The rioting and looting currently taking place in Egypt is primarily a result of massive food inflation and shows what all major cities in the United States will likely look like come year 2015 due to the Federal Reserve’s zero percent interest rates and quantitative easing to infinity. On December 16th, 2009, NIA named Time Magazine’s 2009 ‘Person of the Year’ Ben Bernanke our ‘Villain of the Year’, saying he created “unprecedented amounts of inflation in unprecedented ways” and “When it costs $20 for a gallon of milk in a few years, Americans will have nobody to thank more than Bernanke.”

What started out a few weeks ago as protests in Algeria with citizens chanting “Bring Us Sugar!” and five citizens being killed, quickly spread to civil unrest in Tunisia which saw 14 more civilian deaths, and has now spread to riots in Egypt where 300 Egyptian citizens have been killed. Food inflation in Egypt has reached 20% and citizens in the nation already spend about 40% of their monthly expenditures on food. Americans for decades have been blessed with cheap food, spending only 13% of their expenditures on food, but this is about to change.

NIA was the first to predict the recent explosion in agricultural commodity prices in our October 30th, 2009, article entitled, “U.S. Inflation to Appear Next in Food and Agriculture”, which said we have a “perfect storm for an explosion in agriculture prices”. A couple of months later in ‘NIA’s Top 10 Predictions for 2010’ we predicted “Major Food Shortages” and said, “Inventories of agricultural products are the lowest they have been in decades yet the prices of many agricultural commodities are down 70% to 80% from their all time highs adjusted for real inflation”. Over the past year, agricultural commodities as a whole have outperformed almost every other type of asset, with silver being one of only a few other assets keeping pace with agriculture. (On December 11th, 2009, NIA declared silver the best investment for the next decade at $17.40 per ounce and it has so far risen 64% to its current price of $28.39 per ounce).

The world is at the beginning stages of an all out inflationary panic. Wheat, which NIA previously called on ‘NIAnswers’ its favorite investment besides gold and silver, is now up to a new 30-month high of $8.63 per bushel and has doubled in price since June of last year. Algeria bought 800,000 tonnes of wheat this past week, bringing their total purchases for the month of January up to 1.8 million tonnes, which was quadruple expectations. Saudi Arabia is also beginning to stockpile their inventories of wheat. Rice futures have gained 8% during the past few days with Bangladesh and Indonesia placing extraordinary large orders. Indonesia’s latest rice order was quadruple its normal allotment and Bangladesh plans to double rice purchases this year. Meanwhile, the U.S., which is the world’s third largest exporter of rice, is expected to cut production by 25% in 2011.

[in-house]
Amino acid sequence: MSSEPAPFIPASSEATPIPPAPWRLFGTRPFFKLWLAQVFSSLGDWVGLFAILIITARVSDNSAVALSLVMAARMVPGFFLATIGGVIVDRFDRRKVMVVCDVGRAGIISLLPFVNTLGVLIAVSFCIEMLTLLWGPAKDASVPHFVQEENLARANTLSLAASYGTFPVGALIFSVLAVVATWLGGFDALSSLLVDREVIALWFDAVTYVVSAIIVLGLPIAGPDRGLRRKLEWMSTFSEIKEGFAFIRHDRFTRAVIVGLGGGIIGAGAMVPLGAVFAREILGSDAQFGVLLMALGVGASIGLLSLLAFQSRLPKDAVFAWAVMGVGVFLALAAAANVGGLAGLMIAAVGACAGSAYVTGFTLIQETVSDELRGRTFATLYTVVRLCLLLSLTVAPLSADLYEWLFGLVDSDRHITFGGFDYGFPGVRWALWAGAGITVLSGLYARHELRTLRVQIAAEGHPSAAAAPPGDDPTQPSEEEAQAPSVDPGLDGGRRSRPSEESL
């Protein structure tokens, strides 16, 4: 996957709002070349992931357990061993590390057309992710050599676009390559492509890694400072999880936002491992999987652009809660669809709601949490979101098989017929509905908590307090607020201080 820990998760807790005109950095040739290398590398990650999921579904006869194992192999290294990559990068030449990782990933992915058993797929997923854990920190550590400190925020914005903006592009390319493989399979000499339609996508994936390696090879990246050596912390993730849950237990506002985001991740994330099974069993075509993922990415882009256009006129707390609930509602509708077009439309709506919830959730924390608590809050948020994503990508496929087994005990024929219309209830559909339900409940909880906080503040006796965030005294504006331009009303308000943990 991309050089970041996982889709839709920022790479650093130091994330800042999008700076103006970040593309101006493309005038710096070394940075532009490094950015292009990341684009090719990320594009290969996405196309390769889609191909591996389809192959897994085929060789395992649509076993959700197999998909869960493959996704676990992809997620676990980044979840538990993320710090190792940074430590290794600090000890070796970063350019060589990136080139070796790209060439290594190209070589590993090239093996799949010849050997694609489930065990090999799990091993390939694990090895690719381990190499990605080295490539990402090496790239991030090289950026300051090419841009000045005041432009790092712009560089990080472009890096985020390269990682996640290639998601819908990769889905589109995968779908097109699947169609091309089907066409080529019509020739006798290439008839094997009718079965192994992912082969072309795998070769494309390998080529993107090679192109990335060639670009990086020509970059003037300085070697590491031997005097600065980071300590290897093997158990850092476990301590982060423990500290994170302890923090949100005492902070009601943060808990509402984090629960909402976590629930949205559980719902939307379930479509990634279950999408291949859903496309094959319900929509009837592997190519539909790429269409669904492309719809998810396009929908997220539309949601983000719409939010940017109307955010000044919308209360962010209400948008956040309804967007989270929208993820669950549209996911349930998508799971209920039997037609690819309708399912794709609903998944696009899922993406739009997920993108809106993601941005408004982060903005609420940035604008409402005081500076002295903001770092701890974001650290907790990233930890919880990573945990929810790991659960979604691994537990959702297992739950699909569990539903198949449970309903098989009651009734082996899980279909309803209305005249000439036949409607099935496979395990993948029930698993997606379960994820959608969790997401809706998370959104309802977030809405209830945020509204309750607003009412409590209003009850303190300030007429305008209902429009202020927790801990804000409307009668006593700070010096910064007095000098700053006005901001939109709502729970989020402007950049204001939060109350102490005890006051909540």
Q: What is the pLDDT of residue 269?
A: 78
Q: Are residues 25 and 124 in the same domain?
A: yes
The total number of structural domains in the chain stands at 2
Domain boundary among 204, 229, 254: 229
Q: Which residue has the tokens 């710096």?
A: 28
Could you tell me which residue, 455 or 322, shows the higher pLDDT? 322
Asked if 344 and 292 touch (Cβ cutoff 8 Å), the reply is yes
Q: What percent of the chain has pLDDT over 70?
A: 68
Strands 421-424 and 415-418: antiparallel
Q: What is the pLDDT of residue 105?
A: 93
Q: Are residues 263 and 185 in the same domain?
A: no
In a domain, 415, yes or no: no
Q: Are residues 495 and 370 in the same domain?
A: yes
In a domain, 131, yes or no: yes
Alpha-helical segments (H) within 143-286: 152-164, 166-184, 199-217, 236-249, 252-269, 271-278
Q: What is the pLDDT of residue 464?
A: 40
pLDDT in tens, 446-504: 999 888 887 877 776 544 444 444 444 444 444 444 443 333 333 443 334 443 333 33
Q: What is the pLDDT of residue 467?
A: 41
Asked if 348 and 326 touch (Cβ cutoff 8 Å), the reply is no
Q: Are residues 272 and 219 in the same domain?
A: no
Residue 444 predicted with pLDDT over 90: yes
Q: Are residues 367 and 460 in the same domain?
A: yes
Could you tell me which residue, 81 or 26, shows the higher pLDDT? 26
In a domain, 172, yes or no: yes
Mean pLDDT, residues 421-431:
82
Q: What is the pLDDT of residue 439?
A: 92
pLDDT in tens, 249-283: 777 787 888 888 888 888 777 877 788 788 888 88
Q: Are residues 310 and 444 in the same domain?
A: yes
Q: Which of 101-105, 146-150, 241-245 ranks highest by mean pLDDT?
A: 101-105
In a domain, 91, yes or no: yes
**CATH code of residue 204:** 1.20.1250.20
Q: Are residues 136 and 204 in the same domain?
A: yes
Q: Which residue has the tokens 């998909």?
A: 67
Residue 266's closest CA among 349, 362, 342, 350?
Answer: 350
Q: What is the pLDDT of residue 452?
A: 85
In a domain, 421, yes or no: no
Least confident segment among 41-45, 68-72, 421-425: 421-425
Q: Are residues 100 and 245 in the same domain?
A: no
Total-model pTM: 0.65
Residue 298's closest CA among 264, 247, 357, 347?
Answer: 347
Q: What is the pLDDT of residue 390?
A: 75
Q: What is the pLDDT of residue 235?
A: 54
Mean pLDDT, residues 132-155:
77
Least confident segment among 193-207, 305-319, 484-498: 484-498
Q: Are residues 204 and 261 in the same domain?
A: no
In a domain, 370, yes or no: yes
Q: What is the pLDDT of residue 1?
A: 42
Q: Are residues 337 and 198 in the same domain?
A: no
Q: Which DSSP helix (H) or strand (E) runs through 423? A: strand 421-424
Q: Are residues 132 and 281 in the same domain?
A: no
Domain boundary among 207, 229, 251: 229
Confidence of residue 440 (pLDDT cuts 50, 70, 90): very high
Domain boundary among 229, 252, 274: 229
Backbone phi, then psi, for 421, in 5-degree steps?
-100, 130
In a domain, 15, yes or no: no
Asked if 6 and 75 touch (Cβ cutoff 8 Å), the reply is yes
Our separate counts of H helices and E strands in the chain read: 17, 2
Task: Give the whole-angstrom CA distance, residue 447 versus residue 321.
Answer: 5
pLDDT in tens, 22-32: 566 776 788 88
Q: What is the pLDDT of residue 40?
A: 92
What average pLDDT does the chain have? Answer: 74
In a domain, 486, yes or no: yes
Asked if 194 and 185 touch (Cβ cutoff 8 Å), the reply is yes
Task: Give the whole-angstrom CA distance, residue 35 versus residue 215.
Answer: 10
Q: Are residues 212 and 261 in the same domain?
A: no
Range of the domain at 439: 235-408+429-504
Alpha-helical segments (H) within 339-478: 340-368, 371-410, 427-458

NIA considers rice to be one of the world’s most undervalued agricultural commodities at its current price of $15.96 per 100 pounds and forecasts a move back to its 2008 high of $24 per 100 pounds as soon as the end of 2011. NIA believes cotton, at its current price of $1.80 per pound, may have gotten a bit ahead of itself in the short-term. In NIA’s first ever article about agriculture on February 17th, 2009, we said that cotton’s “upside potential is astronomical” at its then price of $0.44 per pound. NIA pointed to increasing sales to textile companies in China and the fact that cotton was down 70% from its all time high as reasons to be very bullish on cotton at $0.44 per pound. Early NIA members could have made 309% on cotton, but today we see much bigger potential in rice. The recent spike in cotton reminds us of the 2008 spike in oil. Although we believe cotton will ultimately rise above $3 per pound later this decade, we could possibly see a dip to below $1.40 per pound first.

Many people in the mainstream media have been criticizing NIA’s recent food inflation report, claiming that agricultural commodity prices have very little to do with prices of food in the supermarket. CNBC’s Steve Liesman, in particular, claims that “rising commodity prices won’t cause inflation”. Liesman has it backwards. NIA has never claimed that rising commodity prices cause inflation. Soaring budget deficits that the U.S. government can’t possibly pay for through taxation causes inflation when the Fed is forced to monetize the debt by printing money.

Rising commodity prices are only a symptom of inflation. The reason NIA was so bullish on agricultural commodities going back two years ago when we produced our first documentary ‘Hyperinflation Nation’, is because while gold is the best gauge of inflation and is often the best tool for predicting future money printing, agriculture is where the majority of the monetary inflation ends up going after the Fed’s newly printed money trickles down to the middle-class and poor. With gold prices already surging two years ago when we produced ‘Hyperinflation Nation’, NIA said in the documentary “food prices have the potential to surge most during hyperinflation”.